Last night at about 2:30, I woke and noticed our cat was sitting on the windowsill and looking out at the night. There was a large moon and the darkness was bright, and I was awake but not really. But then I noticed the cat’s ears and understood that I had been looking at the night only as framed by her ears. Which surprised me. And then a second surprise. In the tree directly outside the window sat an owl, a Barred owl. He was facing the house, was brightened just slightly by the moon, and appeared to be looking in the window. I looked at the cat, then at the owl, the cat on the left, the owl on the right, and wondered if they were they looking at each other, if there was some vague connection. I kept watching, but nothing happened. Nothing but mystery and the beauty of mystery. And that’s all. That’s how it was last night roundabout 2:30. Cat, owl, man, plus a moon inching towards tomorrow.
The Pulitzers were announced yesterday, and because I admire photography and because a Pulitzer is awarded each year for photography, I just now went looking for a good one, for a surprise.
Here’s what I found:
I’ll not comment on the photo. You get it straight up.
But I will comment on “surprise,” on how we love to be surprised. A joke, a glance, a sentence, a black hole, a burning cathedral…we love surprises. Because surprises kill (momentarily) life’s endless flood of mundanities.
We love surprises even when they come at a cost to other people. When that happens (if we even think about it), we’re quick to voice justifications and hide our red faces.
The photo is by Lynn Johnson. She did not win this year, but she was close.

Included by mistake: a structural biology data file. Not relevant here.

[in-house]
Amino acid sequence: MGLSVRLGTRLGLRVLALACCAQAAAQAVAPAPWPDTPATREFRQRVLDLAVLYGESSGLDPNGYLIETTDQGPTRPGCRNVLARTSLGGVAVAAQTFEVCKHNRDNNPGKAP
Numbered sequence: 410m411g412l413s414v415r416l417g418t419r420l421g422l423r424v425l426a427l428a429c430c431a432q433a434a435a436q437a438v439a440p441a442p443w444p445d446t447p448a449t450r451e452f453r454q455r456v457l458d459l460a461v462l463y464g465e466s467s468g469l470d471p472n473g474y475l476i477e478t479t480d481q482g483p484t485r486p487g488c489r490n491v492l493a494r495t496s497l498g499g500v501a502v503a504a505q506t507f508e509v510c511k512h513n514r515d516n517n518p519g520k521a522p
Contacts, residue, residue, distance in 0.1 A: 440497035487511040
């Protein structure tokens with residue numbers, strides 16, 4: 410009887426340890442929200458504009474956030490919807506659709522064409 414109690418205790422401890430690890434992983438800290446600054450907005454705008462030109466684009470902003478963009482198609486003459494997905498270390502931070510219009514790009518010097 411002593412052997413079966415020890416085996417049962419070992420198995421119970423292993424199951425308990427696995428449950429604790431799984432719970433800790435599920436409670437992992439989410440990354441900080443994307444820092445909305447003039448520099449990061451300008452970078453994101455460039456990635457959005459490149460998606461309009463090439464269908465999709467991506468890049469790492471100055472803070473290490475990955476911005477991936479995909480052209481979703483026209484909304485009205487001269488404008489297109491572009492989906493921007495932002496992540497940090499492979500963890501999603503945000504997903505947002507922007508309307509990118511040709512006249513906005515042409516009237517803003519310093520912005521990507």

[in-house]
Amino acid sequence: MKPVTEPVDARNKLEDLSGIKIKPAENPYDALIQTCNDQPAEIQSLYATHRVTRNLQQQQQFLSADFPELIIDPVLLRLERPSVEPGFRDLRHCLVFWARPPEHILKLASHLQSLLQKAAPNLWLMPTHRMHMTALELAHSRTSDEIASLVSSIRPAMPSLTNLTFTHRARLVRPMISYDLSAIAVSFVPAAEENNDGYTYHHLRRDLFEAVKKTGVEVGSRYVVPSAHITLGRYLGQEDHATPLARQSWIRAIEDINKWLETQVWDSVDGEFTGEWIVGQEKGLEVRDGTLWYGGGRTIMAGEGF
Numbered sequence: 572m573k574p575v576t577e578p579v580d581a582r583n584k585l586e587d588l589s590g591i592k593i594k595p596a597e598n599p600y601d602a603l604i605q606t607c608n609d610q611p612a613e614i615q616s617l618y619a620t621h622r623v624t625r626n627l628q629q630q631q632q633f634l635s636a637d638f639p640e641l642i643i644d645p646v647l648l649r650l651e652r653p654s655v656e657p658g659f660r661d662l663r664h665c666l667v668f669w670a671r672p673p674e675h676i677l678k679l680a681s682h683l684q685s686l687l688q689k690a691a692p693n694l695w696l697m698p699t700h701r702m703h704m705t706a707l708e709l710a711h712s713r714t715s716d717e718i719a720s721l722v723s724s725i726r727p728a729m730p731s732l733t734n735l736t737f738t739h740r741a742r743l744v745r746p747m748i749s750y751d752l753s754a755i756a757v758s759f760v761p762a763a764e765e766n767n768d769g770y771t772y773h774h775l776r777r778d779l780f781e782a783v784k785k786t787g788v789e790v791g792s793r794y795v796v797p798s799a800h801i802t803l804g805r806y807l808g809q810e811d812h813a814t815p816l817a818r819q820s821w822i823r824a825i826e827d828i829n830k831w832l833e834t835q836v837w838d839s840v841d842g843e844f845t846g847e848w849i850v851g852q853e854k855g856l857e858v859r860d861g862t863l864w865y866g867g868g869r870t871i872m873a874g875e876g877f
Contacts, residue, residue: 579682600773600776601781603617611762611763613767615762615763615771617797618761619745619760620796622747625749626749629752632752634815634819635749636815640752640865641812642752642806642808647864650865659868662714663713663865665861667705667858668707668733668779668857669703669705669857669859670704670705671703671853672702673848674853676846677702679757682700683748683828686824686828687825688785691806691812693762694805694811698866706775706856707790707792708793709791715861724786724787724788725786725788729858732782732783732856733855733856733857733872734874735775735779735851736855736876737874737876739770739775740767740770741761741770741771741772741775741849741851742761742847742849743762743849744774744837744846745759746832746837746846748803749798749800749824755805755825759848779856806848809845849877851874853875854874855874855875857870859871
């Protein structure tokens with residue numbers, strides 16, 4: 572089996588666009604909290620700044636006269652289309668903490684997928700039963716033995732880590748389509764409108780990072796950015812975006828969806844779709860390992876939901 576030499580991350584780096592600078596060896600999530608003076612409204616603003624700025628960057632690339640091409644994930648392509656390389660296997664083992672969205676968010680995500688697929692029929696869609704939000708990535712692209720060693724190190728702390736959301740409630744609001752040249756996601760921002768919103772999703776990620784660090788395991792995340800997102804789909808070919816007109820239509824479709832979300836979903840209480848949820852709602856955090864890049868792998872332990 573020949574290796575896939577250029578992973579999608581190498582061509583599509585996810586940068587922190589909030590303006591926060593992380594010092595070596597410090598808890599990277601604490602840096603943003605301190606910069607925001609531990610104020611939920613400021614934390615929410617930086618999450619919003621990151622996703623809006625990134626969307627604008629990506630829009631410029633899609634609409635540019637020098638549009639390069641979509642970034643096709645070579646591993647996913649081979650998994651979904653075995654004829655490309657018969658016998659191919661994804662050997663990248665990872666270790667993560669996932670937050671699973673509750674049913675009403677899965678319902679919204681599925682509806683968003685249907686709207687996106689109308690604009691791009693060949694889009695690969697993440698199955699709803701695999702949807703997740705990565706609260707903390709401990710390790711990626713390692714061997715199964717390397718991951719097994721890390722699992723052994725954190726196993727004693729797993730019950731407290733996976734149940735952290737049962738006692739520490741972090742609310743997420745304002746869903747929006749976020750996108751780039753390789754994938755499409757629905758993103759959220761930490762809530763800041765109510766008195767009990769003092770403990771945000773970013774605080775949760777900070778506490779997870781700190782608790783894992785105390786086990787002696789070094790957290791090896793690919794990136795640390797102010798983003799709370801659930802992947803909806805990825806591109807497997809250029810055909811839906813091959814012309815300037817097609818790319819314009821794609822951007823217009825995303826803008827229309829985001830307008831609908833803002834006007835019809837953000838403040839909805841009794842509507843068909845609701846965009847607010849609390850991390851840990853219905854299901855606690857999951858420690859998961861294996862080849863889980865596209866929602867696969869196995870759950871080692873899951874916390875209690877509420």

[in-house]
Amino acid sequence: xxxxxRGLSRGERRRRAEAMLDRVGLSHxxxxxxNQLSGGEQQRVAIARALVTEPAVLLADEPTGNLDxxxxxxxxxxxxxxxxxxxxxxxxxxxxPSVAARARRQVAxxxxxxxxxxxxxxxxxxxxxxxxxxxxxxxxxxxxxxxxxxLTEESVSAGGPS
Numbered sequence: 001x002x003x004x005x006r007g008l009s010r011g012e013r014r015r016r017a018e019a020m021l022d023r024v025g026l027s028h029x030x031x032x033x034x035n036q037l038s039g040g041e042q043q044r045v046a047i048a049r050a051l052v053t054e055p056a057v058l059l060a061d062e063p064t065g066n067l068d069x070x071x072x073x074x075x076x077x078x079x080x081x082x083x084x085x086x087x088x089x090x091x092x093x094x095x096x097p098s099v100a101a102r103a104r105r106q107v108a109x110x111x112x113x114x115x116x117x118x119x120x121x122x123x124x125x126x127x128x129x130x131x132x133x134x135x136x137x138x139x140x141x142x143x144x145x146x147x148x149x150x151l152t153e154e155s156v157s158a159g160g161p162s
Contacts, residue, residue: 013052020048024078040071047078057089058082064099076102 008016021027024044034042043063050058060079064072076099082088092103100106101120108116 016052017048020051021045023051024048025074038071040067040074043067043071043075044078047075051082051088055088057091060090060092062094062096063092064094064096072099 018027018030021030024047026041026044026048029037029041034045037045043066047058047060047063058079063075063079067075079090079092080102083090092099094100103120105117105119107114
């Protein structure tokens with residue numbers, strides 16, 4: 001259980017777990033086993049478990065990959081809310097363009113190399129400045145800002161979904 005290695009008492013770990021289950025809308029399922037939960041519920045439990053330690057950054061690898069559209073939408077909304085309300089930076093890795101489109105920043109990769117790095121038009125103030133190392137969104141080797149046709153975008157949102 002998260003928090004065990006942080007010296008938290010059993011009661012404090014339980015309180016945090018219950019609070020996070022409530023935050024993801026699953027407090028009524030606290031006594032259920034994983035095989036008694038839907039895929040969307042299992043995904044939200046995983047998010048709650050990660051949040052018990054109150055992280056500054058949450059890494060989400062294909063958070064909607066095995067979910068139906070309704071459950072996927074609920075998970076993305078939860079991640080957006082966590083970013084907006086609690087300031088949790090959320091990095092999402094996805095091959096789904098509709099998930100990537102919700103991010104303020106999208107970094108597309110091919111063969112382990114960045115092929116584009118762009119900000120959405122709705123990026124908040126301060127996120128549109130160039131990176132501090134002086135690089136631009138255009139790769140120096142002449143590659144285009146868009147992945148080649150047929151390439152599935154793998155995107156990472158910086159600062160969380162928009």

This morning when I first looked out, there was new snow, everywhere a thin white covering, but a vulnerable white, I sensed. And then from somewhere I had the idea that I should watch it, should watch the vulnerability of snow.
So I did. I starting watching. I watched while making breakfast and also while packing Quetzal’s lunch. I watched while walking to and from the barn. Continue reading
Yesterday late afternoon I look up and there in the pasture, live, is the inaugural spring parade. It has just started, the sheep, as always, lined up three abreast and leading the way, the mother on the high side, the daughter in the middle, the son on the low side, their crooked lips working the grasses (if there are actual grasses), their black hooves lost in the spring soft soil… Continue reading
Some of you will remember my daughter Quetzal, how I once wrote often of her and me and us and our father/daughter times together. That was then. This is now. Quetzal is 13, taller than you would think, and bursting with a primal life-force. That and sleepovers. Which is to say we do sleepovers at our house in a big way. Six/eight girls at a time in the loft overnight and bellied up to the table in the morning. Continue reading